by Edwin Okolo
This feature is a part of the YNaija Innovation Special – a set of insightful stories that dig deep into the spirit of innovation, enterprise, and creativity oft-talked about but seldom told as stories in Nigerian media.
The series which kicked off with the release of The New Establishment list, our annual 50-strong list of the new school of leaders, innovators, creative and entrepreneurs, will run throughout January.
I have always known that I didn’t want to work in corporate Nigeria. As a child I was fascinated with falsetto voices and wanted to join the Opera. That dream ended when puberty broke my whistle register and turned it into a croak. Since then I have hopped from interest to interest, job to job amassing a pastiche of skills that ensure I am never without funds when I need them but cementing the fact that I’d never survive in a cubicle. It is a great privilege that thanks to technology I will never have to find out. 2016 and its economic recession was a challenge that forced me to go from passive creative to active freelancer, a huge decision here where the pressure to find job security is immense.
The last half decade has seen the idea of a virtual workspace, always available when you need it, uncluttered with paper and unfettered by physical spaces. This is truly the springboard that has allowed me and many others not fall into a panic when we lose our jobs, or get desperate to find a conventional one. Owning an office or starting a business has never been easier, creating and sustaining a brand has never been cheaper. In 2016 even when I had a steady job and when I lost that job I was steadily freelancing and creating a portfolio as a writer and designer. Here are some of the tools that have made my year of freelancing my most radical yet.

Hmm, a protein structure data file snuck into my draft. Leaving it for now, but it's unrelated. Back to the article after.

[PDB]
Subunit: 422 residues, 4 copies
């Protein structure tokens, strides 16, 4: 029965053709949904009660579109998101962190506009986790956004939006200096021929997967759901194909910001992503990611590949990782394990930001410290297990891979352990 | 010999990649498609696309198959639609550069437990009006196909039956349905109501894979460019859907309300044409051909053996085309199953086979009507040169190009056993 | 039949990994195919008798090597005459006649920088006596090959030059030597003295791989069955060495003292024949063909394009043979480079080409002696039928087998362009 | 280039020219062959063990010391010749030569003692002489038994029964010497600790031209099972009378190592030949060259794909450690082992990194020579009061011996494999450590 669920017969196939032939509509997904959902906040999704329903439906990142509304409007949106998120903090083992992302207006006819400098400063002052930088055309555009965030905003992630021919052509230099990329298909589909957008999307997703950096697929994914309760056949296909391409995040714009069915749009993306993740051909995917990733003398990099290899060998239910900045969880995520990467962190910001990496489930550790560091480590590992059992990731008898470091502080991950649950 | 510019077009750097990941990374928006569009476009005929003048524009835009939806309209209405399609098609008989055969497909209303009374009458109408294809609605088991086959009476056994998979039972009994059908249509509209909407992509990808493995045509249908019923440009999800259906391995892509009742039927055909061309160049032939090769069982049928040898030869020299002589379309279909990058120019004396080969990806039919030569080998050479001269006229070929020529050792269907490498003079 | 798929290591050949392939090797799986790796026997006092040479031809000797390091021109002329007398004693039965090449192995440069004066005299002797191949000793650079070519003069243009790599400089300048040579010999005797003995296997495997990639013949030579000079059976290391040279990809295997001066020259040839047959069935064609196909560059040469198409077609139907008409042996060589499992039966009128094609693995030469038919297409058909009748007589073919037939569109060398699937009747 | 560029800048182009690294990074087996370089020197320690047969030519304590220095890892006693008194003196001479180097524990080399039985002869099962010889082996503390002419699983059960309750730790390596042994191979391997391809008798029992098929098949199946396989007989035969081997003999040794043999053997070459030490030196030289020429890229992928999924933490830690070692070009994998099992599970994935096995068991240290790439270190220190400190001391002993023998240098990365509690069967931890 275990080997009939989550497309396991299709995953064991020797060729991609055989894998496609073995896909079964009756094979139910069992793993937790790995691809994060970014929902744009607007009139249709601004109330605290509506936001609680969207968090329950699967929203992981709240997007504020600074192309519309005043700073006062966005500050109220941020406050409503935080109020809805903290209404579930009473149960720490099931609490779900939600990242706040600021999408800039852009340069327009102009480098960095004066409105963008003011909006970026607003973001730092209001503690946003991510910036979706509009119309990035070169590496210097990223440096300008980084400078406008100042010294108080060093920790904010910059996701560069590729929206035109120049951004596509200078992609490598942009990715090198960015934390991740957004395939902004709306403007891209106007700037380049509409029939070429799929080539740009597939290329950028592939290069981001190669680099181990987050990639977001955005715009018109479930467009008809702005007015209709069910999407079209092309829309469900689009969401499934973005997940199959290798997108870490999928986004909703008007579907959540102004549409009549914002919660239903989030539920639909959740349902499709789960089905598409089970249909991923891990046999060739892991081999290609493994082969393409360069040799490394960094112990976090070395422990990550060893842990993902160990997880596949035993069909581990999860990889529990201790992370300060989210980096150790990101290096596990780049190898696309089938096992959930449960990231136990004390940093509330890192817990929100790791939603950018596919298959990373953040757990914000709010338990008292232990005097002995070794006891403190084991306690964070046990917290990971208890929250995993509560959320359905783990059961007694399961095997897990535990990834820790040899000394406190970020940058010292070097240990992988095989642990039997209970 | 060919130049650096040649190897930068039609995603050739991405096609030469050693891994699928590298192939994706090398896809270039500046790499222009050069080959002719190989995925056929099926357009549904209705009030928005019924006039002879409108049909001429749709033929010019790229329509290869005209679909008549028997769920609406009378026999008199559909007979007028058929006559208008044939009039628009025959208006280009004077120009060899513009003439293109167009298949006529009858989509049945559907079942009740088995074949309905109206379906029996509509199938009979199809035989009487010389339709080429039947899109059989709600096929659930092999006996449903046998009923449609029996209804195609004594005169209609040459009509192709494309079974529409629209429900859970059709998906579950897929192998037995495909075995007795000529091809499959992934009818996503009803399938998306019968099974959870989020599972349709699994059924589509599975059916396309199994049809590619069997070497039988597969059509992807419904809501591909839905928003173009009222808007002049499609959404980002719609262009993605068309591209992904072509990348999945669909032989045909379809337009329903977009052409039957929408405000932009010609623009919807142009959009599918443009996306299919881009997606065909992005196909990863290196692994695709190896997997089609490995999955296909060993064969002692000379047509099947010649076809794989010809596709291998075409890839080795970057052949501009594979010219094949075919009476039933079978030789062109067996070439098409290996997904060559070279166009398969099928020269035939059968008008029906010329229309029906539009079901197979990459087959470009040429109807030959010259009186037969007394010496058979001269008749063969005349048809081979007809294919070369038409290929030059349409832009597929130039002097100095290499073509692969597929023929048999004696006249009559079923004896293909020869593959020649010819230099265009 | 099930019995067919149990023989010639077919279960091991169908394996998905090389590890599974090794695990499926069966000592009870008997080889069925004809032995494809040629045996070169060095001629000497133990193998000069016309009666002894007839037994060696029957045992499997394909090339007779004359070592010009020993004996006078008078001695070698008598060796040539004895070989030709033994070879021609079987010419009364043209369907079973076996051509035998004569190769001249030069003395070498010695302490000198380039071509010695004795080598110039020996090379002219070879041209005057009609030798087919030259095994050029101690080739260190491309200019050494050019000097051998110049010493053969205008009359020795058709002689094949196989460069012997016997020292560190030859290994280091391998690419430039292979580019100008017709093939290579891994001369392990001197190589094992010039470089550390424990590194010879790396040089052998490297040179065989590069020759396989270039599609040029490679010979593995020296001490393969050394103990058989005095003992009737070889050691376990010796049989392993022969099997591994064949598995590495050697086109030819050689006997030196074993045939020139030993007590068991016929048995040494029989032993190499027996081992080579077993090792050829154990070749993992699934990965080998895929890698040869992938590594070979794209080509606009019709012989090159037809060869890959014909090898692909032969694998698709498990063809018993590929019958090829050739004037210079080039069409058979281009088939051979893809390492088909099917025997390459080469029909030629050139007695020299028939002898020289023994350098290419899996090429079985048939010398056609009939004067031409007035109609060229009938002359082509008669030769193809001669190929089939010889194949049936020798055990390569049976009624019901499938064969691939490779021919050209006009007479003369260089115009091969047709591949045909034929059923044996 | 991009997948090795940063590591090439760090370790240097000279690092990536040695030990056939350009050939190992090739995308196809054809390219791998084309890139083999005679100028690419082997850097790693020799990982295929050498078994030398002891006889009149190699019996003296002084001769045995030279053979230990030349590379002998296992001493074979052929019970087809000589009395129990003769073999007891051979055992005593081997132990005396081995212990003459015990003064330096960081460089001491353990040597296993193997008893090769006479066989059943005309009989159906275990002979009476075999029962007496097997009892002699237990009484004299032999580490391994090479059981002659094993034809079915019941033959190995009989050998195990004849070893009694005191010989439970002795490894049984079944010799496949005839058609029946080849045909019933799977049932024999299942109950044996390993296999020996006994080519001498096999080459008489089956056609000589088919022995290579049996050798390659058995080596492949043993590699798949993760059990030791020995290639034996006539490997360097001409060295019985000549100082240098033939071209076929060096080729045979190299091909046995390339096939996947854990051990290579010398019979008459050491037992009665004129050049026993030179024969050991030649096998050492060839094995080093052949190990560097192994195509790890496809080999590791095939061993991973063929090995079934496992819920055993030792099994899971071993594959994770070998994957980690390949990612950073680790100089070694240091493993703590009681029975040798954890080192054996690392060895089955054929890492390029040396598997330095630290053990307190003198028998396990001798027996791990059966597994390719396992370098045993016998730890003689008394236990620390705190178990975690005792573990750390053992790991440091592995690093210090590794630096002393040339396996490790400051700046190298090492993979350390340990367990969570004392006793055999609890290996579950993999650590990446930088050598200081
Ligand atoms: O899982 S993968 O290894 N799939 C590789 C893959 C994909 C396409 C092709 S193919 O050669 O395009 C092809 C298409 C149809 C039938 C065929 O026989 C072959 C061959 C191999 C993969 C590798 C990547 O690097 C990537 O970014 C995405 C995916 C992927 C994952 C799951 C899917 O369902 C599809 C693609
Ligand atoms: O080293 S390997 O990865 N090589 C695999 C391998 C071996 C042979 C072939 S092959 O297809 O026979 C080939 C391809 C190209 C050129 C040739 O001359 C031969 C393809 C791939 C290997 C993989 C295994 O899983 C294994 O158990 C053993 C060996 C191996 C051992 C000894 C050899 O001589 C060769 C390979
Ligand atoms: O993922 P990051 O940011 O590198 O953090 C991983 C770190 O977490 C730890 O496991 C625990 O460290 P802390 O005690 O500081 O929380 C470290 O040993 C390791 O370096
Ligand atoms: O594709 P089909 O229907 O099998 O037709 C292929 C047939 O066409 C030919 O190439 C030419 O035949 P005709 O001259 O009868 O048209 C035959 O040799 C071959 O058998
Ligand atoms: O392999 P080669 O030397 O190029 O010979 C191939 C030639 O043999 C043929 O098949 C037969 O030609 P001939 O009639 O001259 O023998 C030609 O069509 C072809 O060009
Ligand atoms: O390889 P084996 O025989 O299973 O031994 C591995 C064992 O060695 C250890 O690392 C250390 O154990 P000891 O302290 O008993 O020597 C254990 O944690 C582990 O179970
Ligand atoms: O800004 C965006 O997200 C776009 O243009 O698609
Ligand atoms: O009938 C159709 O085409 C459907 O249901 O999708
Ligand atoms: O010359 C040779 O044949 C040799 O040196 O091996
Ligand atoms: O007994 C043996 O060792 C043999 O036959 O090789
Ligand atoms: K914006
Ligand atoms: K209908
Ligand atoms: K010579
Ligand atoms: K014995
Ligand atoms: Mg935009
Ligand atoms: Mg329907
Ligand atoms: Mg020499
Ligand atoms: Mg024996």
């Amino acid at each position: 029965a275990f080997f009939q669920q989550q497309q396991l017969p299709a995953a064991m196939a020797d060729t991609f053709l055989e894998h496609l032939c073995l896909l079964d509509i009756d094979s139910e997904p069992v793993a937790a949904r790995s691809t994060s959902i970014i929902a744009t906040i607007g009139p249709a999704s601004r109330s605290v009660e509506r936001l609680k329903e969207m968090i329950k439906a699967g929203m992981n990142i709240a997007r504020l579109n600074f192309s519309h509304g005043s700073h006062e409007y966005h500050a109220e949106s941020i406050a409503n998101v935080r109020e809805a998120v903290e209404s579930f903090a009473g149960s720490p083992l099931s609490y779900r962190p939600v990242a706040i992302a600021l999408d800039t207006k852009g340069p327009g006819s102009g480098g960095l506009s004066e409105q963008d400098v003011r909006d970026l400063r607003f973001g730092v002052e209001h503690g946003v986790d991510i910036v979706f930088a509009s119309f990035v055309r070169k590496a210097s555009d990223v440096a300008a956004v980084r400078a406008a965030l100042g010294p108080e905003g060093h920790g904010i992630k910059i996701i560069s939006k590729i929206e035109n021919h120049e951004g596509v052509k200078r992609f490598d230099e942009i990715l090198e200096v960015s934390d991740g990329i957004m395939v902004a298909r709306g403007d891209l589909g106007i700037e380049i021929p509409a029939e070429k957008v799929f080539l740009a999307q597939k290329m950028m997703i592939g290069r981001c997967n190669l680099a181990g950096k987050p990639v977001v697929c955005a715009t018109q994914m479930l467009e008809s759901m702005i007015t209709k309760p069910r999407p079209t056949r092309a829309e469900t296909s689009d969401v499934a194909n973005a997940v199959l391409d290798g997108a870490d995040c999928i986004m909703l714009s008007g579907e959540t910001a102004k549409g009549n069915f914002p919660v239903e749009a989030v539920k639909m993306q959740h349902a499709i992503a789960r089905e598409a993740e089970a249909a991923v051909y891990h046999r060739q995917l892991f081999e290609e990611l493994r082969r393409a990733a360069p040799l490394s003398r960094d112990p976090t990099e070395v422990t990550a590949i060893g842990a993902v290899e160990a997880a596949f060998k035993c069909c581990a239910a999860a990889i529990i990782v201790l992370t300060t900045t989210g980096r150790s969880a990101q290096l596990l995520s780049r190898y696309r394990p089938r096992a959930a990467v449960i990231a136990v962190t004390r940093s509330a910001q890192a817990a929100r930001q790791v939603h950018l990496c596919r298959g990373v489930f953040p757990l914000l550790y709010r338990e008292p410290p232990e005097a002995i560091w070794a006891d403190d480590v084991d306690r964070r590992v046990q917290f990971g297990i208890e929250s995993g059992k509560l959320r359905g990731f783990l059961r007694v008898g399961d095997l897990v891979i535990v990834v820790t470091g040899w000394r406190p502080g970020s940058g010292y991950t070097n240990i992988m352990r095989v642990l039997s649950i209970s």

We joke that Google is going to eventually evolve into Skynet and take over the world but this year they really stepped up to the plate and hit a home run. After re-engineering their many arms into a parent company called Alphabet, they released the Google Suite. The Google Suite is a virtual network of necessary internet tools all interconnected by the Google Virtual Drive. With a word processor, calendar, conferencing applications like Google Hangouts and Google Allo Docs, spread sheets, reminders, mail and domain names and one terabyte of virtual storage. Google went from useful to invaluable for me. Especially Google Docs that allows for real-time co-editing on a document. I was able to edit for clients while they wrote their essays, saving valuable time and eliminating much of the time that we would have wasted if we had to do a traditional editing back and forth. It’s a little mindboggling, to be able to work on documents simultaneously with several people in real time anywhere in the world.